The process of paying property tax bills through an escrow account is easy on the budget. Instead of dealing with a large bill once or twice a year, the lender helps you save for this big expense with every single mortgage payment. 

The escrow account could save the day by avoiding a major unexpected expense. 

If you don’t have an escrow account

It is possible that you don’t have an escrow account associated with your mortgage. Or your escrow account may not include your property taxes. You’ll receive this information at closing. But if you aren’t sure, the details should be on your latest mortgage statement. 

Additionally, homeowners without mortgages won’t have an escrow account to cover their property tax bills anymore.

Are payment plans an option for homeowners without an escrow account?

If you don’t have an escrow account, the only option is to pay the tax bill in full by the due date. But that might be easier said than done. After all, property taxes can quickly amount to thousands of dollars. 

Depending on where you live, you may have the option to pay this bill in monthly installments. However, this option will vary based on your location. 

You’ll need to check in with your local tax office to determine what payment plans are available to you. The tax office will also have information on any payment discounts available. In some cases, you might even be able to tap into a discount by paying for the entire bill ahead of the due date. 

What forms of payment are accepted?

As you decide how to save for this expense, you’ll also need to figure out the most affordable way to pay the bill. The local tax office may allow you to pay in several ways, including:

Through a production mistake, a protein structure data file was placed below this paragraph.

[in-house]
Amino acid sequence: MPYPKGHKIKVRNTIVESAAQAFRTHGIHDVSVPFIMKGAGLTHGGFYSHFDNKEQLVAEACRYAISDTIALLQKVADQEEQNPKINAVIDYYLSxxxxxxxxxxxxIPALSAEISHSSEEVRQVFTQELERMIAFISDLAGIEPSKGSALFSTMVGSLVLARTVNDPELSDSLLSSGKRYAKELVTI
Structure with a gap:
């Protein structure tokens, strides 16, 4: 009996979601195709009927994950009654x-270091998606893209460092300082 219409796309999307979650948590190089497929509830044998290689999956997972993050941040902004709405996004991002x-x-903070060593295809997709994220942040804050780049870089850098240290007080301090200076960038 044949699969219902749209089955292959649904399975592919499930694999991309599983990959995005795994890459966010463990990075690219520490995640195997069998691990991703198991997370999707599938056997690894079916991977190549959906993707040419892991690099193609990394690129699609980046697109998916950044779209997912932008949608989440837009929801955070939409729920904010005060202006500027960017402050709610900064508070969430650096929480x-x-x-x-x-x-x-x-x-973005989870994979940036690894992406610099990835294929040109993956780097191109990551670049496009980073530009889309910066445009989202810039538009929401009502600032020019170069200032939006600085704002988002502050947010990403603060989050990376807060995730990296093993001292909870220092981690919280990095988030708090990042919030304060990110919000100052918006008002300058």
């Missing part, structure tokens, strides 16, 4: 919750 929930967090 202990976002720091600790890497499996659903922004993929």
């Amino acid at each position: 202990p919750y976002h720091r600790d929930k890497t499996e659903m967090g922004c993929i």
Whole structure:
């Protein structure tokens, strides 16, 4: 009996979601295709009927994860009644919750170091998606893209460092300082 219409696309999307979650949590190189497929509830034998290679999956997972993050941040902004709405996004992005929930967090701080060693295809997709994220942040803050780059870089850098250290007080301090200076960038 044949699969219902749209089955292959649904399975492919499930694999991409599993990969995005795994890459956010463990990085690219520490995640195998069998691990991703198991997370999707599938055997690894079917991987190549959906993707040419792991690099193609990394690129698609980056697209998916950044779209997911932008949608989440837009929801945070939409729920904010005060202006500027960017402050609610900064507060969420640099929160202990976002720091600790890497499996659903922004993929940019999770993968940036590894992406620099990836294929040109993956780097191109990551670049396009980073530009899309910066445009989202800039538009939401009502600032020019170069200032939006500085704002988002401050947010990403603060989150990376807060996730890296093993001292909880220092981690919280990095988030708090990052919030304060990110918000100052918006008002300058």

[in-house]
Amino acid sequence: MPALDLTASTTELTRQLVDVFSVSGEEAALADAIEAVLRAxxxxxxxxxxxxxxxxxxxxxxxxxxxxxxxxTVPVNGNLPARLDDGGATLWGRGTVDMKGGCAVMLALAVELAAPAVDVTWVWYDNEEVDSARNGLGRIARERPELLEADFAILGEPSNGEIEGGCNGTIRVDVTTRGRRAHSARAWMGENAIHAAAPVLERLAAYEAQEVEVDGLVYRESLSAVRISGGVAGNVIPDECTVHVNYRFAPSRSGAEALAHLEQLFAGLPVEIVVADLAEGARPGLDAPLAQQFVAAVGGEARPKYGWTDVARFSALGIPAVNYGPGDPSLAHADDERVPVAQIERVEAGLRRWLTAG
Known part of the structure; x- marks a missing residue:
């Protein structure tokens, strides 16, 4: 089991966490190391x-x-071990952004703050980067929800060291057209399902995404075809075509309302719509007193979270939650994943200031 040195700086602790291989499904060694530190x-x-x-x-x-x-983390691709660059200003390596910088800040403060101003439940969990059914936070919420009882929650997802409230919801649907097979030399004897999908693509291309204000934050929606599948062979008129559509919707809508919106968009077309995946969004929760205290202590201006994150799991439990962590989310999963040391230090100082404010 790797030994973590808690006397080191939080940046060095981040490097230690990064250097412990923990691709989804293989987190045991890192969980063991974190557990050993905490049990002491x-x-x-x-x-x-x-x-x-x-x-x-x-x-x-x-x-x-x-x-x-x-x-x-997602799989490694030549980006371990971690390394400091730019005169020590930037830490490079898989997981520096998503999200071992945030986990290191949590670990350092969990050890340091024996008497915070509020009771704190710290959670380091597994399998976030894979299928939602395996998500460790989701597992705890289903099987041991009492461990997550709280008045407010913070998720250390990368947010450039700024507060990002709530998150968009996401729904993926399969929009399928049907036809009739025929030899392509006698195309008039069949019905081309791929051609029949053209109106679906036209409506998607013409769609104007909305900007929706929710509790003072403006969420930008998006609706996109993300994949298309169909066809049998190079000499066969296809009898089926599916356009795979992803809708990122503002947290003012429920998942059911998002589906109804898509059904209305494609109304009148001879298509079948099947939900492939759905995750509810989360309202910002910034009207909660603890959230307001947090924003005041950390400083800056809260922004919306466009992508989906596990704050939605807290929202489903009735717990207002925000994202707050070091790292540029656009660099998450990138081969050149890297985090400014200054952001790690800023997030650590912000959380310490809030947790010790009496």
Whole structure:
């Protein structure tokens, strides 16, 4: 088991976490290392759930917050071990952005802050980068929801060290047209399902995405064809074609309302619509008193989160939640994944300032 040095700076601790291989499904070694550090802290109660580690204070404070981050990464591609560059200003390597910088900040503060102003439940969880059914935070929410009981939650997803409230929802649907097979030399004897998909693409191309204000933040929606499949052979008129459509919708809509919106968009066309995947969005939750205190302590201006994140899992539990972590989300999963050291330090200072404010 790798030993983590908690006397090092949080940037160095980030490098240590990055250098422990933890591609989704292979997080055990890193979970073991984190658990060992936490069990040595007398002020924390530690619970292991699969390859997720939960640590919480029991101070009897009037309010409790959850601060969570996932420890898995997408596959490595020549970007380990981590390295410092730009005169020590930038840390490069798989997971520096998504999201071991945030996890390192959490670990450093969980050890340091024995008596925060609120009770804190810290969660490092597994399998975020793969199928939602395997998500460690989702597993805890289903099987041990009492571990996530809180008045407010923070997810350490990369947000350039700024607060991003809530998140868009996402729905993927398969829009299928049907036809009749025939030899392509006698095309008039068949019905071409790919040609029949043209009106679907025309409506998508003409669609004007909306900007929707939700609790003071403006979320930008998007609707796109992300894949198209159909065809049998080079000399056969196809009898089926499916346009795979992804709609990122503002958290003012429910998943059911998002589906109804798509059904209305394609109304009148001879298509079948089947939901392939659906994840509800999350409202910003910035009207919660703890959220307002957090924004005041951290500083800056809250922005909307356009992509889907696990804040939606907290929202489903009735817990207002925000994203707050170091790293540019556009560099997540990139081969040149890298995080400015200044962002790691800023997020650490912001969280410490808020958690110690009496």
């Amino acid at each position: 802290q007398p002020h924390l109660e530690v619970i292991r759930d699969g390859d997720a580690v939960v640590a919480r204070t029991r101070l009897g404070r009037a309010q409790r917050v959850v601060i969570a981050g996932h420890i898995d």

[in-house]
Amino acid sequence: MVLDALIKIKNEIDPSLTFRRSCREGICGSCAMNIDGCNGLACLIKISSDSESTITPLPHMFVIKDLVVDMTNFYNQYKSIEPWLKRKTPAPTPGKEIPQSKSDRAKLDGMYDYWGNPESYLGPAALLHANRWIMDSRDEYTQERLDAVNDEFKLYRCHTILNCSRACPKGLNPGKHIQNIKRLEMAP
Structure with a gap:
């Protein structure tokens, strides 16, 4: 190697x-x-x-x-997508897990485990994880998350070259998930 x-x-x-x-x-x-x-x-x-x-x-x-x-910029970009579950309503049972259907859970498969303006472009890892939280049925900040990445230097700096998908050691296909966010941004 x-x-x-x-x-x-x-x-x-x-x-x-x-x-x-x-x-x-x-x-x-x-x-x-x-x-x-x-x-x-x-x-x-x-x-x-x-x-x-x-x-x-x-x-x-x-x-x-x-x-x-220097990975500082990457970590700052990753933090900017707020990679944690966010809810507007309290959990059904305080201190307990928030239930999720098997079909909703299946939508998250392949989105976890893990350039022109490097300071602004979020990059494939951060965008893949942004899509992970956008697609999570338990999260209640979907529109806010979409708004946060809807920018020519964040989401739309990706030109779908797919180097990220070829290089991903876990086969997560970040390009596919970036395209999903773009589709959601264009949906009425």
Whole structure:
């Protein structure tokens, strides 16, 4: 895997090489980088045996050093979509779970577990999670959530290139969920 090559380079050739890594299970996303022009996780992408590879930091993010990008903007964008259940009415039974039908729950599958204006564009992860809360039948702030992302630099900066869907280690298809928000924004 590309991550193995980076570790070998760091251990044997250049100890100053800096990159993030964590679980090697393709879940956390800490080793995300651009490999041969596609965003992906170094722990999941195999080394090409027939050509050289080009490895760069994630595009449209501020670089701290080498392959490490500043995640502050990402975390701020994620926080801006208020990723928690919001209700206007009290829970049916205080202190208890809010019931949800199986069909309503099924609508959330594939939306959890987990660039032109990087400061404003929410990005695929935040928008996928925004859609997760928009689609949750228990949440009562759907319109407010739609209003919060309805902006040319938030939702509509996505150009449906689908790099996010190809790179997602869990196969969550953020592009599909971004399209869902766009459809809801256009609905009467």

• A check or money order via mail.
  • A credit or debit card online. 
  • A credit or debit card over the phone. 
  • An electronic payment online. 

Watch out for any fees associated with the different forms of payment. In many cases, you may have to pay a fee for the convenience of paying with a credit or debit card. That fee may be a flat dollar amount or a percentage of your bill. Either way, these fees can add up quickly!

Can you set up an escrow account after you close on your mortgage?

If staying on top of your property tax payments is not a task you want to add to your to-do list, it is possible to set one up after you close on the home. 

You can work with a bank or other financial institution to set up an escrow account. To get started, you’ll need a copy of your tax bill. Plus, you will need a copy of your insurance premium if you want the escrow account to include those payments. 

After you contact the bank, they’ll let you know how to submit copies of your bills. Additionally, you’ll likely need to sign an escrow agreement that will authorize the bank to make payments on your behalf.